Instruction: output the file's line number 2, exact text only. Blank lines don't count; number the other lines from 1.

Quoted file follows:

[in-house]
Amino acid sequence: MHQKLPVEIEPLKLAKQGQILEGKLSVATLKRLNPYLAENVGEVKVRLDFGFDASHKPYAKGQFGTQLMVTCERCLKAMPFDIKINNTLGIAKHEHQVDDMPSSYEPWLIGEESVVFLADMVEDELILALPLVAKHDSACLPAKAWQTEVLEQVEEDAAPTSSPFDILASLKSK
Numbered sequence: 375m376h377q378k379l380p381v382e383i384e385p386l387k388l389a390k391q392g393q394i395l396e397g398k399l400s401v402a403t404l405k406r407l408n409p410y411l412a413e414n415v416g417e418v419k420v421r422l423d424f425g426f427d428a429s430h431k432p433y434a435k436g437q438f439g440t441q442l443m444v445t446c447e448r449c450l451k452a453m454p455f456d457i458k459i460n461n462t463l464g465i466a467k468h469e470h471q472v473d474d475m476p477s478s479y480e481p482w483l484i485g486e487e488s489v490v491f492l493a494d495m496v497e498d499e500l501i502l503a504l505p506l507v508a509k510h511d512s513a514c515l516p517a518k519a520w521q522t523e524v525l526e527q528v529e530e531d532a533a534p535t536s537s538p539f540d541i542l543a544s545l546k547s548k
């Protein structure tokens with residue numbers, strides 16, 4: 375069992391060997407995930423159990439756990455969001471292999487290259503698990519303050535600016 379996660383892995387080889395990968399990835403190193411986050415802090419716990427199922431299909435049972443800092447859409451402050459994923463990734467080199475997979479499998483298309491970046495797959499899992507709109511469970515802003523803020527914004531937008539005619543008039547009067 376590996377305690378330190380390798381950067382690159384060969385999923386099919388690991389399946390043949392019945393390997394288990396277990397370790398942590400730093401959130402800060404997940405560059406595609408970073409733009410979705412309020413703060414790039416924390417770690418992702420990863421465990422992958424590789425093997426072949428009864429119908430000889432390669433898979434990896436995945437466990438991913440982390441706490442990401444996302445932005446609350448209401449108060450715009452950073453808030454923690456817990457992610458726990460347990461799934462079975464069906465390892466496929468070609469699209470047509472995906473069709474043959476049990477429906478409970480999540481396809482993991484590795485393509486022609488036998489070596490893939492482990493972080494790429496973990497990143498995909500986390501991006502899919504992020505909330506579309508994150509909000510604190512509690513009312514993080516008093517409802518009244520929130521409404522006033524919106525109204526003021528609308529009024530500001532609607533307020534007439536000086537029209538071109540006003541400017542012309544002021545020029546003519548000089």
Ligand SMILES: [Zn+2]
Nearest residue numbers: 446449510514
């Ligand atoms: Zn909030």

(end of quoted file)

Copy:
Amino acid sequence: MHQKLPVEIEPLKLAKQGQILEGKLSVATLKRLNPYLAENVGEVKVRLDFGFDASHKPYAKGQFGTQLMVTCERCLKAMPFDIKINNTLGIAKHEHQVDDMPSSYEPWLIGEESVVFLADMVEDELILALPLVAKHDSACLPAKAWQTEVLEQVEEDAAPTSSPFDILASLKSK